Always At Home

May you be glad on the
same score and rejoice with me.

Philippians 2:18

The first leg of trip to Israel (pardon the pun) “flew” by without incident. Our layover provided another opportunity to get to know our fellow travelers. The security staff who oversaw our international boarding were kind and reassuring, perhaps in response to our cooperative adherence to the necessary protocol. In the midst of locating our seats and stowing our carry-on bag, I whispered a prayer of gratitude for the good people around me. After a quick meal, I nuzzled into my seat with another prayer, this time for a nap.

Sleep never came. Some excited passengers chatted the entire time. I wrote “excited” because their pitch and their comments indicated that they were especially happy about their impending return to their home in Tel Aviv. Because I knew what awaited our group there, I began to feel excited, too. Tired as I was, I pulled out our itinerary to scan the list of the special places we’d visit. Each one was now familiar to me. This trip would truly be a homecoming for me as well.

You and I experience homecomings more often that we are aware. We belong to families and neighborhoods, faith communities, social clubs, service organizations and sports teams. We have workplaces and favorite gathering places where we feel very much at home. As I consider them all, I see their common thread. Each one reminds me that I don’t live alone on this earth. Every place where I encounter my fellow humans gives me reason to feel at home. Over the coming days, the Holy Land would be home to me once again.

As I continue my journey through Lent, perhaps I can find ways to make those around me to feel at home as well, especially those who are lonely.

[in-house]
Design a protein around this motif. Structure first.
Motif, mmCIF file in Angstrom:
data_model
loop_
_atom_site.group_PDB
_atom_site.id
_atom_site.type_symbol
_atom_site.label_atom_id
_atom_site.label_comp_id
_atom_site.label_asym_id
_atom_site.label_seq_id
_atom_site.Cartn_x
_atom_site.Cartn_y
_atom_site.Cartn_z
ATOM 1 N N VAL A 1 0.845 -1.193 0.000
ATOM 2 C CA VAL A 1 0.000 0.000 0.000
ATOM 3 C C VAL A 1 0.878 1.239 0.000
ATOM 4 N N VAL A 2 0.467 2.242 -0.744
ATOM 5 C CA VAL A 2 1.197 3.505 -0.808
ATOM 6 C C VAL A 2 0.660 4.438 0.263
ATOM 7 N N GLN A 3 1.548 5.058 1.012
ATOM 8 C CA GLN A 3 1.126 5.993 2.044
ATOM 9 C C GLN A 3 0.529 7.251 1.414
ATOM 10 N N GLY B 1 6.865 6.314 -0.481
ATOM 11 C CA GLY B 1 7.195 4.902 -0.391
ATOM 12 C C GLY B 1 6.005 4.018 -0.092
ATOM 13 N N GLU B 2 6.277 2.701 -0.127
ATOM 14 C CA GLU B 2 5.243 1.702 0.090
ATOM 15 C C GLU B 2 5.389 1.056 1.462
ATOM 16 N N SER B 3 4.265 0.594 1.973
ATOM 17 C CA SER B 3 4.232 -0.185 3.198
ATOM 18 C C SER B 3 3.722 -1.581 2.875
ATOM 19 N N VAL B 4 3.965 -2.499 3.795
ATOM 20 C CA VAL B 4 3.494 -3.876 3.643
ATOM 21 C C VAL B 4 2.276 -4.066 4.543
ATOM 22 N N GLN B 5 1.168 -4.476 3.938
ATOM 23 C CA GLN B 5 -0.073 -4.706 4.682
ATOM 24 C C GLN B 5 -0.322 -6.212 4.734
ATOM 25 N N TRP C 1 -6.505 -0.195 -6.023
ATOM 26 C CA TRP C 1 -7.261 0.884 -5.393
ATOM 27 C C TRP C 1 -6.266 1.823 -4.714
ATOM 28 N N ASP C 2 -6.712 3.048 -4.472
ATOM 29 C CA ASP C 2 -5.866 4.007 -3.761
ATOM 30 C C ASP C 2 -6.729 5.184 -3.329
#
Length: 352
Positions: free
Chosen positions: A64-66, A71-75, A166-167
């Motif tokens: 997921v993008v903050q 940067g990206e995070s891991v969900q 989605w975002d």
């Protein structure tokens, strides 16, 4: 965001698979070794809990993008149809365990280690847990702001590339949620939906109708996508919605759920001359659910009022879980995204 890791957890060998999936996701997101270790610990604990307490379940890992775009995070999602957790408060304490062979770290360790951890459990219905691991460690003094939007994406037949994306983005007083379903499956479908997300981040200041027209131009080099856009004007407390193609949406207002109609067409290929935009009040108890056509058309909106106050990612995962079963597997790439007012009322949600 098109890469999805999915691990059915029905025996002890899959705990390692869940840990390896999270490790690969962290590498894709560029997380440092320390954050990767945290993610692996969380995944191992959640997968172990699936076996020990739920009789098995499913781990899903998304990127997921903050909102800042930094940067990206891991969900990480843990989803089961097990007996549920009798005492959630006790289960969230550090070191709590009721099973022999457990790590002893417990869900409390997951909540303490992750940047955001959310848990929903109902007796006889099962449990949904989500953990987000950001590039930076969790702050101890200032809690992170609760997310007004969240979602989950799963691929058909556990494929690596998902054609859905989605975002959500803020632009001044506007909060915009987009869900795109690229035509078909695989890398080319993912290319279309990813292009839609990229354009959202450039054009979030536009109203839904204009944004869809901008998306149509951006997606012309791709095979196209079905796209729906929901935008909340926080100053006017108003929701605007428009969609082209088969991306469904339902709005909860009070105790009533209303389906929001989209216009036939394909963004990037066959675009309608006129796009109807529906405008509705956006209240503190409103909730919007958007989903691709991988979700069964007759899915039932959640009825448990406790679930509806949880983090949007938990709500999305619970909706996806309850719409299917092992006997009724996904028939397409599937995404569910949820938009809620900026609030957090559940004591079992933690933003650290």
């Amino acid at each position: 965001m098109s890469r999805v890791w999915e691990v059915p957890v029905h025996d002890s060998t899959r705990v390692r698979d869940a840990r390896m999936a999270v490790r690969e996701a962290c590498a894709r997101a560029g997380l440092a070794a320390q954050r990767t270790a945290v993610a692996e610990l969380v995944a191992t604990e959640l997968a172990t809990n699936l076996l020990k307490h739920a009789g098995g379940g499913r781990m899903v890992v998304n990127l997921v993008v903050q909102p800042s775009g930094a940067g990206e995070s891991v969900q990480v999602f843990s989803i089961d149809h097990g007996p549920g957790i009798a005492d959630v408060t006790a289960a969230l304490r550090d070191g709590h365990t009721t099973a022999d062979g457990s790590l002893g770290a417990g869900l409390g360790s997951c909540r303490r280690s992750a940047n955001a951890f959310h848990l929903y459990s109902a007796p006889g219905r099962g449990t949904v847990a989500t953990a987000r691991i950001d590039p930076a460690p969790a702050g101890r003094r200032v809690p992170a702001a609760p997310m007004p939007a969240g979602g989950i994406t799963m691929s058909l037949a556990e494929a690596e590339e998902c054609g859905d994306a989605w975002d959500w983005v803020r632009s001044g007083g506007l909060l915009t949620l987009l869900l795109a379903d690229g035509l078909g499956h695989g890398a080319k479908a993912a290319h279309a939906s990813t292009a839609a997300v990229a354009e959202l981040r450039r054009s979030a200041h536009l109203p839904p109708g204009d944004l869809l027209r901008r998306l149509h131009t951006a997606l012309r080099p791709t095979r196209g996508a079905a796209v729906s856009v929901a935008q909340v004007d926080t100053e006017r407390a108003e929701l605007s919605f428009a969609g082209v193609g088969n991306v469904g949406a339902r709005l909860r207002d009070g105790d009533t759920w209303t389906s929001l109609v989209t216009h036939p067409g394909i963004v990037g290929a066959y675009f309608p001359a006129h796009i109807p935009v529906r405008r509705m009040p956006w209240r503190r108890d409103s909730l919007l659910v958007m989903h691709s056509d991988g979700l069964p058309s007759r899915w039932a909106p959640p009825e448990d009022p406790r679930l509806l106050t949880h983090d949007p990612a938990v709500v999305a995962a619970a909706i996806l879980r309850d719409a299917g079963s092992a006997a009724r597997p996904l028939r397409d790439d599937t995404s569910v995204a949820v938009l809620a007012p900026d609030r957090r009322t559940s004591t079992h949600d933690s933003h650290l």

Loving God, thank you for our capacities to be at home with one another and with you.

©2020 Mary Penich – All Rights Reserved

All God’s Children

Never act our of rivalry or conceit;
rather let all parties think humbly of others
as superior to themselves, each of you looking to
others’ interests rather than to your own.

Philippians 2:3-4

The first leg of trip to Israel (pardon the pun) “flew” by without incident. Our layover provided another opportunity to get to know our fellow travelers a little better. The TSA staff who oversaw our international boarding were kind and reassuring perhaps in response to our cooperative adherence to the necessary protocol. In the midst of locating our seats and stowing our carry-on bag, I whispered a prayer of gratitude to the Almighty for the good people around me. After a quick meal, I nuzzled into my seat with another prayer, this time for sleep.

A few hours later, hushed movements roused me from my sleep. Several Hasidic Jewish families had joined us on this flight. It was around 4:00 AM when the men among them moved toward the back of the plane to gather. I learned later that they pray together at given intervals every day. I admit that my first reaction to this disruption was annoyance. The gentleman behind me woke me when he grabbed my seat-back to help himself up. The gentleman across from me unwittingly hit me several times with his prayer shawl while trying to position it over his shoulders. It was only when I realized that they were heading off to pray that my attitude softened. With that, I whispered another prayer, this time to ask forgiveness for my impatience with these fellows who were likely as sleepy as I was.

You and I are surrounded by God’s other children much of the time. We belong to families and neighborhoods, faith communities, social clubs, service organizations and sports teams. As I consider them all, I see their common thread. Each one reminds me that I live not only for myself, but also for many others. My middle-of-the-night prayerful friends do the same.

Loving God, help me to appreciate your other children as you do.

©2017 Mary Penich – All Rights Reserved